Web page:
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In a message dated 2/16/01 10:35:44 PM Eastern Standard Time,
[log in to unmask] writes:

<<
 (snip)
 ]> And wwhy are we basing it on months?

 Because you earlier stated:
 >I have or will have tune ups done more on my beach regs, than
 I
 > will my other regs---which I have done about once every 4 months right
 now.
 > My beach regs will be done about once every 3 months.<

Maybe.  Since I am averaging more than 50-60 dives in 4 months, and am diving
daily from the beach.....damn, my back hurts from that sometimes....>VBG.
I figure the amount fo use-----consider that about every 5,000 miles or
so.....

Now someone suggested vehicles could go every 10-15 thousand miles without an
oil change.

Personally, my Honda Accord---a 1986, with 250,000 miles on it has to have
it's oil changed every 2000 miles.  I can hear the difference in the engine
about that time.  Now, I know this car inside an out.  I do my own oil
changes and tune ups.  Hence, when that engine starts to chatter, I know it
is time for an oil change.
BTW, that car has been all over the U.S. and I bought for $1500 from my
mechanic when it had 30000 miles on it.  I have put 220000 miles on it, only
changing the oil on a regular basis, changing the timeing belt, and a new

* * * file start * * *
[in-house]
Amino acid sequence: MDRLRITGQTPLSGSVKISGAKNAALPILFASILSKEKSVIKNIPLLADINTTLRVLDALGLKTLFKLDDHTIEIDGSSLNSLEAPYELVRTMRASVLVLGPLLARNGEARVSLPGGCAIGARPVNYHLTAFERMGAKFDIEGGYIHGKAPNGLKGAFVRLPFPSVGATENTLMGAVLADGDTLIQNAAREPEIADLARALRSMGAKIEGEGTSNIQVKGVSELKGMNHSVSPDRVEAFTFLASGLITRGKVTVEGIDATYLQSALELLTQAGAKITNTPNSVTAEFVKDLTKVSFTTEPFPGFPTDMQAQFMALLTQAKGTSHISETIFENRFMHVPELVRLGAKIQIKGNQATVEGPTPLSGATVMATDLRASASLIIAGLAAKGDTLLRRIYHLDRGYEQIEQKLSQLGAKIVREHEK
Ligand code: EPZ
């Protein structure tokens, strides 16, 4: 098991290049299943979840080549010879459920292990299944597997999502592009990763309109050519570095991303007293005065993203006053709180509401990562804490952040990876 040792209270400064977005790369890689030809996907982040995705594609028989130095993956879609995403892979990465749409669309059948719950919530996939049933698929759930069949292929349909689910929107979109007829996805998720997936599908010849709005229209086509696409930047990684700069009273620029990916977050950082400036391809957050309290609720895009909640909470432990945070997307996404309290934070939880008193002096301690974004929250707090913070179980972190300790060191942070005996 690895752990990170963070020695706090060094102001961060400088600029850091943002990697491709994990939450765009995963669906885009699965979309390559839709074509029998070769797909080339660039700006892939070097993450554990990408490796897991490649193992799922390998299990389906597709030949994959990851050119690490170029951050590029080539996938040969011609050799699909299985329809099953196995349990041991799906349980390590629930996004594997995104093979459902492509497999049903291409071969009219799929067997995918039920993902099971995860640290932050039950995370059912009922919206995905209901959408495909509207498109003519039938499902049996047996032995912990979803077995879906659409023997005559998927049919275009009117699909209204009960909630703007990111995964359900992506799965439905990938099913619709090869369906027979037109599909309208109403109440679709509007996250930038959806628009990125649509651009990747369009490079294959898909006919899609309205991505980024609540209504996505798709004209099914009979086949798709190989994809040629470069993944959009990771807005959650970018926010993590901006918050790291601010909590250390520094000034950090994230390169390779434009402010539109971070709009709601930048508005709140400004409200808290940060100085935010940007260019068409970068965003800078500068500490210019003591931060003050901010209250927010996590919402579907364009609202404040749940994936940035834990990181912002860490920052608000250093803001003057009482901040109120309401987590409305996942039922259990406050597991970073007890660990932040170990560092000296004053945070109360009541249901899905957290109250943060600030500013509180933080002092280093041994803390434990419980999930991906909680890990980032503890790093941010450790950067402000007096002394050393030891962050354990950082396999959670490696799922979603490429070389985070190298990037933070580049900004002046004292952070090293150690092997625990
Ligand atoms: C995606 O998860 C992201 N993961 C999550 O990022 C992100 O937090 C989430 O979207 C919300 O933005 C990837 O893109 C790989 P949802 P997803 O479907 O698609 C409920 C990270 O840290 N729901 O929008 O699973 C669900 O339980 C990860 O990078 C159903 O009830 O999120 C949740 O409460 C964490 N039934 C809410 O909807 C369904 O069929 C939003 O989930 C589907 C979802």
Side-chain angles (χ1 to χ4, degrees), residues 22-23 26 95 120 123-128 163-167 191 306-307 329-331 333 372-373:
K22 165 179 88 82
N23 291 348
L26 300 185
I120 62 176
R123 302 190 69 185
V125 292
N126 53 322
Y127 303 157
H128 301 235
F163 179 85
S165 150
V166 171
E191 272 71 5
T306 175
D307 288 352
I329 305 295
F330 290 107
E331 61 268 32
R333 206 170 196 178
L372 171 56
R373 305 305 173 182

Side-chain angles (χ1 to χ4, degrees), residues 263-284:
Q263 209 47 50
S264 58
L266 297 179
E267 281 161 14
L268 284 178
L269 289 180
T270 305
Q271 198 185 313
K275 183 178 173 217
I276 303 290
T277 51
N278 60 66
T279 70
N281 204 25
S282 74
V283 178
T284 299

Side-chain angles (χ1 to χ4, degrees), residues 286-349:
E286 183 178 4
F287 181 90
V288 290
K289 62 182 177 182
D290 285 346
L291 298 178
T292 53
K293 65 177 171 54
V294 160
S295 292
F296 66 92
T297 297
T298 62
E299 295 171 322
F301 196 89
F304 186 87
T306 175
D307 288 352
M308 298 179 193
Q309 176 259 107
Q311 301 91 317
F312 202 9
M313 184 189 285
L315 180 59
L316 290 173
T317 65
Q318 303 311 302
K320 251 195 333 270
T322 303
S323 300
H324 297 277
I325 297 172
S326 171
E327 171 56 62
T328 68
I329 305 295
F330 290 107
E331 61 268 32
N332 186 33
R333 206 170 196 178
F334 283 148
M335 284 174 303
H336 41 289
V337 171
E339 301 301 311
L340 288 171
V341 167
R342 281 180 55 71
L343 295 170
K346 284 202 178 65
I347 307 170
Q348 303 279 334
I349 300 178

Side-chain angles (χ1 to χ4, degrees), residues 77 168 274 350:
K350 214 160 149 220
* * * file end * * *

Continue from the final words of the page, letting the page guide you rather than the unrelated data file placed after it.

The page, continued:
radiator and water pump.  Which, BTW, I did all by myself......

Now, I say all that to say this.  I know my gear.  I know, can sense when
something is not right.  When that occurs, I won't take chances.  I get it
checked out.

Maybe it is a "trap".  But when you are planning your dives to 100+ feet, why
take a chance?

 <<Perhaps more clarification is needed?  Sharing the load between two sets of
 regulators, (granted you may be doing less beach than boat dives, or vice
 versa, so that one set of regulators is getting far more use than the other.
 And assuming that you carry out proper post-dive washing and cleaning
 procedures; check that no sand or grit is lodged in the second stage; that
 the diaphragm and seals are ok; that the exhaust valve is ok and seating
 correctly; that the purge system functions correctly, that you check the
 hoses and store the unit properly, etc.), and based on the number of dives,
 it seems to me to be an excessive amount of work carried out on your regs!
 What are the manufacturer's recommendations as far as service/maintenance
 intervals are concerned?  When you say, 'tune-ups', what exactly do you
 mean?  Are you referring to both the first and second stages?  Or just the
 second stage?>>

I do clean my equipment.  Not after every dive, but generally take it all out
one night a week and give it all a going over, cleaning, oiling, thourough
drying, washing my suits ect......
As far as tune ups go....just that.  Generally only 2nd stages.   Depends.
If the tune up of the second stage doesn't seem right, I will have my
servicer go over the first stage.
As I think about it....I am probably doing about 50/50 in the types of dives.
 5 beach dives on average, and 4-8 boat dives.


 >I personally base mine on the number of